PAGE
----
ACQUISITION

Commission Co-chair Bashes Pentagon Acquisition System

11/28/2018
By Mandy Mayfield

Photo: iStock

China has a more efficient acquisition system than the Defense Department, which could put the U.S. military at a disadvantage in a future conflict, the leader of a high-profile study group said Nov. 28.

Retired Adm. Gary Roughead, co-chair of the congressionally appointed Commission on the National Defense Strategy of the United States, said the Pentagon doesn't on-board new technology fast enough.

“The Chinese have adopted our rapid innovation [model] and we have adopted the communist model of how we process new capabilities in our system,” he said during a panel discussion hosted by the Johns Hopkins University School of Advanced International Studies in Washington, D.C.

Defense Department leaders have identified China as a peer threat in a new era of great power competition.

Roughead, who served as chief of naval operations from 2007 to 2011, said bureaucratic red tape is hindering U.S. military modernization.

"Because of the processes that we have created, it is taking us far too long to get capabilities out into the operating forces," he said. 

Defense Department leaders and lawmakers have expressed similar sentiments regarding the Pentagon's procurement system. In recent years, Congress has granted new acquisition authorities to the department, and the military has created new rapid capabilities offices and other organizations aimed at speeding the development and delivery of new technologies to warfighters.

The commission co-chaired by Roughead is a bipartisan group of experts tasked by Congress to assess the Pentagon's latest national defense strategy. The commission released its report to Congress Nov. 14. The study warned that the United States could potentially lose a war against China or Russia due to a number of issues, including unstable military funding and readiness shortfalls.

Roughead’s comments during the panel discussion came one day after he and commission co-chair Eric Edelman testified before the Senate Armed Services Committee. During the hearing, Roughead said the $700 billion defense budget topline for fiscal year 2020 being floated by the White House would be insufficient to meet the military's needs. The Pentagon had been planning to receive $733 billion in 2020.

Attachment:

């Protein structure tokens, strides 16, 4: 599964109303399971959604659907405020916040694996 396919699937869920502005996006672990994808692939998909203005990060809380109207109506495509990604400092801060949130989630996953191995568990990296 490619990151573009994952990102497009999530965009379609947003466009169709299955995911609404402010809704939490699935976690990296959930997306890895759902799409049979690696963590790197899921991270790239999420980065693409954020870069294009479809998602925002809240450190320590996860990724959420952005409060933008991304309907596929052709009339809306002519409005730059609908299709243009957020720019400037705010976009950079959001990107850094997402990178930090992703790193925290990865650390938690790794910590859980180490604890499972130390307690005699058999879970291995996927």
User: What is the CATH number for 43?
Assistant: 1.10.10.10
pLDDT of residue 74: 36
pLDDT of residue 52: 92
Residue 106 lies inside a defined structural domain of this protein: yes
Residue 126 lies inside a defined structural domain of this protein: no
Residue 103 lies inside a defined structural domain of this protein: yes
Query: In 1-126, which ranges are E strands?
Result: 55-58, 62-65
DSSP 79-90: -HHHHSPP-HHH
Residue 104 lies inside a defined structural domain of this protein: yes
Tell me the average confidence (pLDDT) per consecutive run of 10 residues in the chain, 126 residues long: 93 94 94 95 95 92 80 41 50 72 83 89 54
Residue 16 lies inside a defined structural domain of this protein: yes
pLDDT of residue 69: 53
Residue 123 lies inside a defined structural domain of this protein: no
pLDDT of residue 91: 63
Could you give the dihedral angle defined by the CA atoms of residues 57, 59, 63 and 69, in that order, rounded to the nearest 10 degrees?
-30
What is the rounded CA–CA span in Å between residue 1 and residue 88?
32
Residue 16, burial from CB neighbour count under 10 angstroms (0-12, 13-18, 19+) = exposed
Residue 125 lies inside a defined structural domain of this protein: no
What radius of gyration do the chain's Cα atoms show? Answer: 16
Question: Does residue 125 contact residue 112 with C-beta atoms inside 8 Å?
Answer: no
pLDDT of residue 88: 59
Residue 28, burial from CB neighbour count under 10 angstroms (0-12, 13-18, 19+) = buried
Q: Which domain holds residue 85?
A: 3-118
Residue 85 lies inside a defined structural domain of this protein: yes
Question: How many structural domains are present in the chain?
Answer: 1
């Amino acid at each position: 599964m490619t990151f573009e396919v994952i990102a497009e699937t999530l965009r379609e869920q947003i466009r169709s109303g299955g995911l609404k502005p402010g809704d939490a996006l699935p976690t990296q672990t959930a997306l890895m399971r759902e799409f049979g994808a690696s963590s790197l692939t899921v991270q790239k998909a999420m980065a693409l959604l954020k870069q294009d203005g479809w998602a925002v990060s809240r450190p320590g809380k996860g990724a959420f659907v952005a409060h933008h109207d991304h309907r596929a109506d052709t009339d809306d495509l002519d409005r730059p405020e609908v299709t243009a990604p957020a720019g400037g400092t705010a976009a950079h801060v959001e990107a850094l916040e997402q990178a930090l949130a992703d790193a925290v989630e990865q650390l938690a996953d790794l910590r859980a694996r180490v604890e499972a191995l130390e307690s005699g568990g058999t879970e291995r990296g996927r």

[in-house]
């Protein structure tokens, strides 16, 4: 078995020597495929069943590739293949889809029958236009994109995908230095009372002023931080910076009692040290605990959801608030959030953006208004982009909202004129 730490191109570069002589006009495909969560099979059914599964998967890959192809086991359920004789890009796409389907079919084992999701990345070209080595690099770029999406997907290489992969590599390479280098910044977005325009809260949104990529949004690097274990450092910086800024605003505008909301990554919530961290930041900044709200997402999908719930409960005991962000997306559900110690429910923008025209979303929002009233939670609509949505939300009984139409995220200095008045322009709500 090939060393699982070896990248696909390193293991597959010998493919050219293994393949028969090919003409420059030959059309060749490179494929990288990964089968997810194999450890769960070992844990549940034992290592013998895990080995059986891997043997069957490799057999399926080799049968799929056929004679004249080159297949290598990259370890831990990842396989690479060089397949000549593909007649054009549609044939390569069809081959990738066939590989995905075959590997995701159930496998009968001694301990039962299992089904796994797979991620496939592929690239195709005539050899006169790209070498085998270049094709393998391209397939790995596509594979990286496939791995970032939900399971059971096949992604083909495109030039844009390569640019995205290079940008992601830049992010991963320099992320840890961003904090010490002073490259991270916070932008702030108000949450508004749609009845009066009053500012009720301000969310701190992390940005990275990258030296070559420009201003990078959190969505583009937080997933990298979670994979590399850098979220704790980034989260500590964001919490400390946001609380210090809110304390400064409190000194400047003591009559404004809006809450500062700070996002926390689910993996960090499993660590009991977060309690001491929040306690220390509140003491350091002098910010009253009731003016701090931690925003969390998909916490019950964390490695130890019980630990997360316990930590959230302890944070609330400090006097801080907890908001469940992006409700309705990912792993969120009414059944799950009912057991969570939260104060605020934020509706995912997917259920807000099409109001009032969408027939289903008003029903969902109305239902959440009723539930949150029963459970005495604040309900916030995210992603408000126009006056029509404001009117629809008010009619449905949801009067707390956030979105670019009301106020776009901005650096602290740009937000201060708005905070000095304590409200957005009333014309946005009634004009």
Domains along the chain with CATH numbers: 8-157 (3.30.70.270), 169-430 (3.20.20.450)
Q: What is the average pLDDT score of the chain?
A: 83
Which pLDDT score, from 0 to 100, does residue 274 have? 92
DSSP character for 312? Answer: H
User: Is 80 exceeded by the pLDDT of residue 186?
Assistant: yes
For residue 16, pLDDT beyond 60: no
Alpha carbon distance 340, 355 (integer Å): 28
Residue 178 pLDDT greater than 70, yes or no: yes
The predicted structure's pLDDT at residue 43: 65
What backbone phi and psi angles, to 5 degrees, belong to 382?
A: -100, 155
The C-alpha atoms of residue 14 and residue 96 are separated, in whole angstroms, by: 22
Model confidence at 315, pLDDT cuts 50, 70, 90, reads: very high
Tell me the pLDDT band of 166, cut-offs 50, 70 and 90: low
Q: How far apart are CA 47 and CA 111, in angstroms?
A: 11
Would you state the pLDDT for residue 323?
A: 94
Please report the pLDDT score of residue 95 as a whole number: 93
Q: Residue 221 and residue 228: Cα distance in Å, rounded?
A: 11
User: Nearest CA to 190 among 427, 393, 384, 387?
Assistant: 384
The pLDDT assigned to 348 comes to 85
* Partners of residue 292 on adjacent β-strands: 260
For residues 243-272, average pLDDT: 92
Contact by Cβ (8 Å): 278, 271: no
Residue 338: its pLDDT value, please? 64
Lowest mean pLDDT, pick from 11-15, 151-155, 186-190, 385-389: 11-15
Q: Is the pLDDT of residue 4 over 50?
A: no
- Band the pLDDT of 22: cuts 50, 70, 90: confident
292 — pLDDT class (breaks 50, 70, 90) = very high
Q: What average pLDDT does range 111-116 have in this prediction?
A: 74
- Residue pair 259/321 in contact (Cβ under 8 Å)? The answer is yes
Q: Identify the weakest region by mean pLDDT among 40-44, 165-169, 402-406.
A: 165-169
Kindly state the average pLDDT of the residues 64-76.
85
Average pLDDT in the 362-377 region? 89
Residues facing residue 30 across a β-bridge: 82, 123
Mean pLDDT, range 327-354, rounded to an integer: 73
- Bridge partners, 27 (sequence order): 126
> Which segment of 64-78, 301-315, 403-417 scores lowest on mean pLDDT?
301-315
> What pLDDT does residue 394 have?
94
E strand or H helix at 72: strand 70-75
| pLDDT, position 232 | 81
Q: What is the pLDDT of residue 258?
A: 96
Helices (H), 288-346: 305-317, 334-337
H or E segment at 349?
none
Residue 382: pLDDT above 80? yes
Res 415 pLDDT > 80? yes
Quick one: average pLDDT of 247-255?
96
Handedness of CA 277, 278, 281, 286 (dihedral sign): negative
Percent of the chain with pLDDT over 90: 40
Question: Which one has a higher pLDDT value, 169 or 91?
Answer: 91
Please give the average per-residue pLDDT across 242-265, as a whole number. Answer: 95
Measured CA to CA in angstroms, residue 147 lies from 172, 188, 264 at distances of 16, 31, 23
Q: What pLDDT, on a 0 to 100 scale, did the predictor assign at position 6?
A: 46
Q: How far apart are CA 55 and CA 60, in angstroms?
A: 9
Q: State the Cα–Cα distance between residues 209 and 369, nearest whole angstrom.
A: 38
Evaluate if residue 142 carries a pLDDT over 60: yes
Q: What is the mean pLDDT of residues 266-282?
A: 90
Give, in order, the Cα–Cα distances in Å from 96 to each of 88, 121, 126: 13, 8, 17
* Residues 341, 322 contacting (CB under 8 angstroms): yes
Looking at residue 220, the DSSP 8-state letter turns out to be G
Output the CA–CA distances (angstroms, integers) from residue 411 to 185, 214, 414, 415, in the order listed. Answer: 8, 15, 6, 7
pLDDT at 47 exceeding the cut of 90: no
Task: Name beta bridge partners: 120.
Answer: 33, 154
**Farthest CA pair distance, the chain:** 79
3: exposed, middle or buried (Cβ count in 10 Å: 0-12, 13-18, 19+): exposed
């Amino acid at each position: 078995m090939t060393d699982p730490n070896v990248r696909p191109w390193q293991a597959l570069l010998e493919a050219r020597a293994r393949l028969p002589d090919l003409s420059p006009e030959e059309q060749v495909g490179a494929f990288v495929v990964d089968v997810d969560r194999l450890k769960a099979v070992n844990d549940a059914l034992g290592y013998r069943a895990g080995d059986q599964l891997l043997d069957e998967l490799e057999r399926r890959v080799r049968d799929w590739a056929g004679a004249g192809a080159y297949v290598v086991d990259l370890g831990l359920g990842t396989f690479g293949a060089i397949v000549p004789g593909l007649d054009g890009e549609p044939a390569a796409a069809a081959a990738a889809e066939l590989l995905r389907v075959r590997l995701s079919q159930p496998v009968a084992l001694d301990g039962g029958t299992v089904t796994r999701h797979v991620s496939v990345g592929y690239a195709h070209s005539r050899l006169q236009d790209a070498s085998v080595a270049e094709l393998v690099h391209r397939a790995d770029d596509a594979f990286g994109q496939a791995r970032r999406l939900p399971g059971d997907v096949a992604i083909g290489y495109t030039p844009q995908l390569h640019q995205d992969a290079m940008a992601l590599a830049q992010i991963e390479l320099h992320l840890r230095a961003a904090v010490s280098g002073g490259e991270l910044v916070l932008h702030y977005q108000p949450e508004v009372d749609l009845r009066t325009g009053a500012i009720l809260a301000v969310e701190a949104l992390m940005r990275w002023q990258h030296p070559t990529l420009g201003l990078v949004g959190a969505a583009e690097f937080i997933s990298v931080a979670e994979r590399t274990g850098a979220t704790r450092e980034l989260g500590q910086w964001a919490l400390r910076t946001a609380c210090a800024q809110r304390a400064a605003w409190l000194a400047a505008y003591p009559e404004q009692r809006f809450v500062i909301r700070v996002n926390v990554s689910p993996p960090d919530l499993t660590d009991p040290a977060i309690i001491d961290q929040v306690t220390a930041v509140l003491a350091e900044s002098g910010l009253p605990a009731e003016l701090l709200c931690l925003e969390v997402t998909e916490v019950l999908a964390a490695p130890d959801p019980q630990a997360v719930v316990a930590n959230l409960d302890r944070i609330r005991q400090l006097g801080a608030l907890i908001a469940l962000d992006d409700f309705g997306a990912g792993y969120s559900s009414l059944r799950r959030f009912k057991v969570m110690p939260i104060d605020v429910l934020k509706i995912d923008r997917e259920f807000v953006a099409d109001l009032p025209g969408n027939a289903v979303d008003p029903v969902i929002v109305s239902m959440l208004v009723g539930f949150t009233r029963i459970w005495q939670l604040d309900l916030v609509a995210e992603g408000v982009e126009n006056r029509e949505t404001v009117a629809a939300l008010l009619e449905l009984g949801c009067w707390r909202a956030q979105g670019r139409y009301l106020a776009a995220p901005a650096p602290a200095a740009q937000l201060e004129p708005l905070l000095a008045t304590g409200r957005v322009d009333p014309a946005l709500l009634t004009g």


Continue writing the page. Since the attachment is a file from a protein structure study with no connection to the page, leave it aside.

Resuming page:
However, Edelman noted during the panel that the new report should not be viewed as a doom-and-gloom document.

"This shouldn’t be read ... as a cry that all is lost, there is no hope here," he said. Steps can be taken to address the problems that the U.S. military is facing. "Our adversaries have their own challenges," he noted.

Topics: Acquisition, International

Comments (1)

Re: Commission Co-chair Bashes Pentagon Acquisition System

I think a big part of the problem is "systems thinking." When the US develops a new weapons system, it develops everything brand new. This means a new platform, with new electronics and new weapons. The everything built from scratch method makes new weapons systems subject to scope creep, just one more new feature over and over, which often kills the project. It also makes new weapons systems extremely hard to debug because the number of interactions with new subsystems that could be the source of problems becomes an exponentially increasing number as the number of combinations of new subsystems increases. Everything new also increases risks, because if a key piece of the weapons system can't be developed as planned, the whole system can become worthless, like the problem with the cancellation of the Long Range Land Attack Projectile (LRLAP) for the Zumwalt-class guided-missile destroyer. I would argue that platforms, electronics and weapons all have different length life cycles, so they should be developed separately. Platforms, like airplanes ships and tanks, last for up to 20 years. Weapons last for about 10-15 years. Electronics need to be upgraded every 5 years. I think that new platforms should be developed with as much off the shelf weapons and electronics as possible, with the design built to accommodate subsequent upgrades in both weapons and electronics when they are available. If past history of weapons systems has taught us anything, it's that platforms are upgraded with new weapons and electronics. We should develop platforms with the idea that they will be upgraded, and not try to cram every new idea we have into each new platform as a weapons system.

Douglas Proudfoot at 5:31 PM
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